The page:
It is an all-hands-on-deck moment in Michigan and our nation. Today’s opinion from the U.S. Supreme Court overturning Roe v. Wade should be a siren blaring in the night, waking people up from every corner of the country and motivating them to take action — [...]
By Sen. Adam Hollier and Eli Savit
No one can deny that the state of Michigan is making strides in ensuring equality for all communities.
The Elliott-Larsen Civil Rights Act (ELCRA) was passed in 1976 to protect Michiganders against discrimination on the basis of religion, race, color, national origin, age, sex, height, weight, familial status, or marital status. ELCRA, however, does not explicitly list sexual orientation or gender identity as categories protected from discrimination.
But in 2018, the Michigan Civil Rights Commission (MCRC) adopted an interpretive statement that stated the term “sex,” as used in the ELCRA, protected individuals based on their sexual orientation and gender identity. This major milestone was achieved due to significant efforts made by groups such as Equality Michigan, as well as a courageous stance by then MCRC chair Alma Wheeler Smith and her fellow MCRC commissioners. The Court of Claims affirmed MCRC’s interpretation in 2020 as it relates to gender identity. And this March, the Michigan Supreme Court heard arguments in a case that would clarify, expressly, that ELCRA also prohibits discrimination on the basis of sexual orientation.
Yes, Michigan is moving in the right direction. But more must be done to protect the LGBTQ+ community — especially trans women of color — from physical violence.
Transgender women of color are often threatened, harassed, or even killed for simply being themselves. In the City of Highland Park, several transgender women of color were murdered within a few miles of the Ruth Ellis Center, a safe haven for people identifying as LGBTQ+. Last month, Naomi Skinner, a 25-year-old transgender woman of color, was killed at an apartment complex in Highland Park. Shot in the neck, her body was dragged into the hallway and left there. In 2018, another transgender woman of color, Kelly Stough, was found shot to death. A Detroit pastor was arrested for her murder.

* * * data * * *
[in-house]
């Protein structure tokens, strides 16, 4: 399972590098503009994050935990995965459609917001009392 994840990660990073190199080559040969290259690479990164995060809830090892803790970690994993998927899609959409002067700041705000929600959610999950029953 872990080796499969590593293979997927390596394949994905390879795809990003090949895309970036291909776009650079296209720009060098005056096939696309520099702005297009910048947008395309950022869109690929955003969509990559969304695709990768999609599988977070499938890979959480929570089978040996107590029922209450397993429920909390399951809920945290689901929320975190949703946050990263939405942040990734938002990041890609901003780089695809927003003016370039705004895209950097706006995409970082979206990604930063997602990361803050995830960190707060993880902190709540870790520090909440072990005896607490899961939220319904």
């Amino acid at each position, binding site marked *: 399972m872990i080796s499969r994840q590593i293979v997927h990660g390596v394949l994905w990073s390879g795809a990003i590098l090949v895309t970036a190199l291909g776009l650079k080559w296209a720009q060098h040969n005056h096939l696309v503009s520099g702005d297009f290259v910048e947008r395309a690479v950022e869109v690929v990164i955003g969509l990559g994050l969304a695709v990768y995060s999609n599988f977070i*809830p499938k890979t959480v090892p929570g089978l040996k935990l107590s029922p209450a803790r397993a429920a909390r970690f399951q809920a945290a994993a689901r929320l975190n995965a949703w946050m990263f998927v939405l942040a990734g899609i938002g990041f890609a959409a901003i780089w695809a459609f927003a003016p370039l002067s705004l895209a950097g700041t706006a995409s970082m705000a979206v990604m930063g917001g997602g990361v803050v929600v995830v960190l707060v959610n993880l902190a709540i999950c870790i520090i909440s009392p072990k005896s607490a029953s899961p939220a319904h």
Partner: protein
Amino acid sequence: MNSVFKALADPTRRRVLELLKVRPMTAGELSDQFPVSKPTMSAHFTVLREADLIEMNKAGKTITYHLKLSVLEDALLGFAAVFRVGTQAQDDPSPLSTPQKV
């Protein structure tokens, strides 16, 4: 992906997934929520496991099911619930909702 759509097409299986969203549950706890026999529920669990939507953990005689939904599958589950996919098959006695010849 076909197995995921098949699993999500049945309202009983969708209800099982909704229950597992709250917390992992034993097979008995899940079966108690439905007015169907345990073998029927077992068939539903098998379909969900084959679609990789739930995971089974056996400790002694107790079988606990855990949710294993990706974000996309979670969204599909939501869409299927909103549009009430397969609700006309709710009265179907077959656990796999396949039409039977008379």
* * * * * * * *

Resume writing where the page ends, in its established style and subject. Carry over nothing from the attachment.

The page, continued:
Both victims were young, in the prime of their lives. Their deaths are an unspeakable tragedy.
Any physical violence is unacceptable. But especially heinous are crimes that target people because of who they are. Such crimes — whether on the basis of race, sex, religion, sexual orientation or gender identity — cause lasting fear and trauma among victims. Compounding matters, those crimes can make entire communities feel unsafe and insecure.
For these reasons, Michigan maintains a “hate crimes” law, which imposes additional criminal penalties if a person assaults, intimidates, or harasses a victim “because of that person’s race, color, religion, gender, or national origin.” But lamentably, Michigan law does not expressly prohibit crimes targeting people on the basis of sexual orientation or gender identity. That omission is particularly troubling given the prevalence of crimes targeting the LGBTQ+ community. According to the FBI, hate crimes targeting LGBTQ+ victims are the third largest category of hate crimes nationwide, trailing only race and religion. Gender-identity-based crimes, in particular, are on the uptick.
It is long past time for Michigan’s hate-crimes law to be amended to expressly prohibit crimes targeting a person’s sexual orientation or gender identity. In March, State Sen. Adam Hollier introduced legislation that would do just that — allowing law-enforcement and prosecutors across the state to treat those crimes with the seriousness they deserve.
To be sure, Michigan’s hate-crimes law, like the Elliott-Larsen Civil Rights Act, could well be interpreted by courts to encompass crimes that target LGBTQ+ victims. Last year, the Washtenaw County Prosecutor’s Office issued legal guidance directing prosecutors to charge LGBTQ-targeted crimes as hate crimes, under the theory that such crimes inescapably target victims because of their gender. In August, the Michigan Court of Appeals embraced that theory, though litigation is still pending before the Michigan Supreme Court.
Case law interpretations, however, are no substitute for expressly amending state law to extend protections to LGBTQ+ communities. Far too frequently, crimes against the LGBTQ+ population go unreported, largely due to fear that they will not be taken seriously. But when states recognize LGBTQ-targeted violence as hate crimes, reporting rates increase. And amending Michigan’s hate-crimes law would send an unmistakable message that crimes targeting LGBTQ+ populations will not be tolerated.
In enacting its hate-crimes law, Michigan has recognized that nobody should be targeted for violence because of who they are. Those legal protections must be extended to our LGBTQ+ communities. Those protections should be enumerated in the law itself, so that there can be no doubt that hate crimes will be charged and prosecuted statewide.